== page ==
To compare viral load in different tissues of the 2 HEV–positive rats, we developed a real-time RT-PCR selective for a region in the ORF2 of rat HEV. Parallel analysis of RNA isolated from 10 mg of each tissue or 10 µL of blood reproducibly showed the highest viral load to be in the liver; cycle threshold values for liver were 20.5 and 21.6 for each animal and lower for all other tissues (Figure A1). Further, immunohistochemical analysis, using anti-HEV serum, detected viral antigen in the cytoplasm of a few hepatocytes from each HEV-positive rat. Antigen was also observed in some activated hepatic stellate cells (Figure 2). Hematoxylin-eosin staining showed a marginally increased number of monocytes and granulocytes in sinusoids as well as a moderately increased number of lymphocytes and plasma cells in some Glisson triads of the livers (data not shown).


Phylogenetic analyses and nucleotide and amino acid sequence comparisons demonstrated that the complete rat HEV genome sequences were consistently well separated from those of mammalian genotypes 1–4 and the tentative avian genotype. This finding suggests that these sequences represent an additional genotype (Figure 1, Table). In our analyses, the recently described HEV strain found in domestic rabbits, proposed to represent a separate genotype (13), clustered with human HEV genotypes irrespective of the genome part, nucleotide, or deduced amino acid sequences analyzed (Figure 1, panels B, C, and data not shown). Therefore, this strain may represent the consequence of recent spillover rather than the result of long-term virus–host coevolution. In contrast, the nonzoonotic avian HEV strains strongly differ from the mammalian HEV genotypes 1–4 (Figure 1, panels B, C). Although in the genus Hepevirus no species demarcation criteria have been defined, the marked sequence diversities suggest that the rat HEV represents an additional virus species other than HEV-1, HEV-2, HEV-3, HEV-4, and the tentative species avian HEV, which are currently classified in this genus (14).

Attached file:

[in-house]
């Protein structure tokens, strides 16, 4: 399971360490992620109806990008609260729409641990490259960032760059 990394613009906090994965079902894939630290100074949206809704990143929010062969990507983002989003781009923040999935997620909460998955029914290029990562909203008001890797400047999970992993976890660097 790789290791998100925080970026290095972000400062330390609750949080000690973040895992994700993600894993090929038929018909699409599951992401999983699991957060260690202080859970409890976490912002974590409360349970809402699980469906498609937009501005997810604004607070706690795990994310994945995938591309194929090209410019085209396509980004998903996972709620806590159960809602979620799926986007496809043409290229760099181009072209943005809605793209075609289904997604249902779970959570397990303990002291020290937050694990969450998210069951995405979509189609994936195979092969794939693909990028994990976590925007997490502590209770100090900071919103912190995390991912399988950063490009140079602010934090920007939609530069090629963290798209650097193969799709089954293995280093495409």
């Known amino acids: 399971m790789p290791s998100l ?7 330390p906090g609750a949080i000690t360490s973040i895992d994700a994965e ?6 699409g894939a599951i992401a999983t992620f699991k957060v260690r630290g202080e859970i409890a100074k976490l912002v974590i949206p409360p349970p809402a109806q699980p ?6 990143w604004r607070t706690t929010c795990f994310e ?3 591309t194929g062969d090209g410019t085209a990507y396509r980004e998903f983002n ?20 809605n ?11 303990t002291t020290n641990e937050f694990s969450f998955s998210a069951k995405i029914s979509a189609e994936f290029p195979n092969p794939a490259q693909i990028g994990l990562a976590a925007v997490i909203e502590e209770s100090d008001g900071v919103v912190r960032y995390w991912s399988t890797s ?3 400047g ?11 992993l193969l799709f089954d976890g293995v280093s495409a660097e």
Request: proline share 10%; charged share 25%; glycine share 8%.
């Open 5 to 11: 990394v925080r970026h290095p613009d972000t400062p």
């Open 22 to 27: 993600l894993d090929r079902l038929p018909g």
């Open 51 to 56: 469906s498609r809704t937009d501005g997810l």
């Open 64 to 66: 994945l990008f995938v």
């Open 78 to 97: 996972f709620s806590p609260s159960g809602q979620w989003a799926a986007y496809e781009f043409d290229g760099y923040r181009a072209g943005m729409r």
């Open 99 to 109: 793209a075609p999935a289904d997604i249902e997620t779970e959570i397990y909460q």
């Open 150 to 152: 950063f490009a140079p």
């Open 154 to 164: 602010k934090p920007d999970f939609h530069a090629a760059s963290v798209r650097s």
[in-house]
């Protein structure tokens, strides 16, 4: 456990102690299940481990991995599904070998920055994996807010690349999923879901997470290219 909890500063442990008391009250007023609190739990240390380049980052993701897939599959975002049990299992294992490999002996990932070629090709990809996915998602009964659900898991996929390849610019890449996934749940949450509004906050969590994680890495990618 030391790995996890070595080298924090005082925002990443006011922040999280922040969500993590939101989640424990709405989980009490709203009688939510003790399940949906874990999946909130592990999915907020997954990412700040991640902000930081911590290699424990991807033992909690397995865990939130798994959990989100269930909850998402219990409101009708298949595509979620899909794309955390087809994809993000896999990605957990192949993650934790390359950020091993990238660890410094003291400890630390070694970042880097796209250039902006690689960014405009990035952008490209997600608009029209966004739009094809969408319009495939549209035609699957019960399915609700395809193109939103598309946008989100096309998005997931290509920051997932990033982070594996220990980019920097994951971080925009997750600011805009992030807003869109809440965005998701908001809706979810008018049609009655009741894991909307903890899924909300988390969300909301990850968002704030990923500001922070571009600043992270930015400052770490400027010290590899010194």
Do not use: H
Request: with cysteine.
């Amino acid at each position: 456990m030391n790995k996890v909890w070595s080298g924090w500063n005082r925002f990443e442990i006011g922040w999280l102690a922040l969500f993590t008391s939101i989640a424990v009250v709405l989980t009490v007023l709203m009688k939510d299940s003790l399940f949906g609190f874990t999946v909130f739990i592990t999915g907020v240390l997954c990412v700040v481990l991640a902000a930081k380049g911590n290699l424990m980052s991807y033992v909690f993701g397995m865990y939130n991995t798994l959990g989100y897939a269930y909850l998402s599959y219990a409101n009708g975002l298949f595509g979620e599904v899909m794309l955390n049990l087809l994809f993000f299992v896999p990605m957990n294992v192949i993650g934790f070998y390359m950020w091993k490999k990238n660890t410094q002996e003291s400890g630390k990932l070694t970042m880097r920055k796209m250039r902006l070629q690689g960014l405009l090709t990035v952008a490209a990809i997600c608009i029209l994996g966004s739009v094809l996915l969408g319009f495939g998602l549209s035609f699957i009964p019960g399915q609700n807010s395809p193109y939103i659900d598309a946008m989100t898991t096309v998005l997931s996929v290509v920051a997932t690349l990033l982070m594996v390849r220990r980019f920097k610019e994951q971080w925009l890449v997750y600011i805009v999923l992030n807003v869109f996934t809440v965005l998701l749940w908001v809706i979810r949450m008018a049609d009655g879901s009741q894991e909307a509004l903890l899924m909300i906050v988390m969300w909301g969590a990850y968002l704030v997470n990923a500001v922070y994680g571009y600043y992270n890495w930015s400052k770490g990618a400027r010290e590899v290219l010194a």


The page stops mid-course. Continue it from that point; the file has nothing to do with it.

Detection of rat HEV RNA and antigen in the liver cells of the infected Norway rats may indicate hepatotropism of this virus. Therefore, regarding its organ and cell-type tropism, this virus seems to be similar to the human and pig HEV genotypes (15). Because the virus was also detected in the intestine and, in the previous study, in feces (10), fecal–oral transmission as for genotypes 1–4 is plausible. The common properties of this virus and the human HEV genotypes suggest the usefulness of developing an HEV model in laboratory rats. In addition, the detection of rat HEV in animals from an urban region in Germany raises questions about the putative epidemiologic role of rat HEV for hepatitis E in humans.

Dr Johne is a senior scientist at the Federal Institute for Risk Assessment, Berlin. His research interests are the epidemiology, molecular evolution, and pathogenesis of food-borne viruses.



We thank Paul Dremsek, Dörte Kaufmann, Konrad Wanka, and Fabian Deutskens for necropsy of the rats; Ina Römer and Maria-Margarida Vargas for excellent technical assistance; Christoph Gille for ORF analysis and helpful discussions; and the governmental pest control staff of the Institute of Hygiene and Environment, Hamburg, for trapping the rats.

This work was funded in part by the German Federal Ministry of Food, Agriculture and Consumer Protection, through the Federal Institute for Agriculture and Nutrition, grant nos. 07HS026 and 07HS027.



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DOI: 10.3201/eid1609.100444

Table of Contents – Volume 16, Number 9—September 2010

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Please use the form below to submit correspondence to the authors or contact them at the following address:

Address for correspondence. Rainer G. Ulrich, Friedrich-Loeffler-Institut, Federal Research Institute for Animal Health, OIE Collaborating Centre for Zoonoses in Europe, Institute for Novel and Emerging Infectious Diseases, Südufer 10, D-17493 Greifswald–Insel Riems, Germany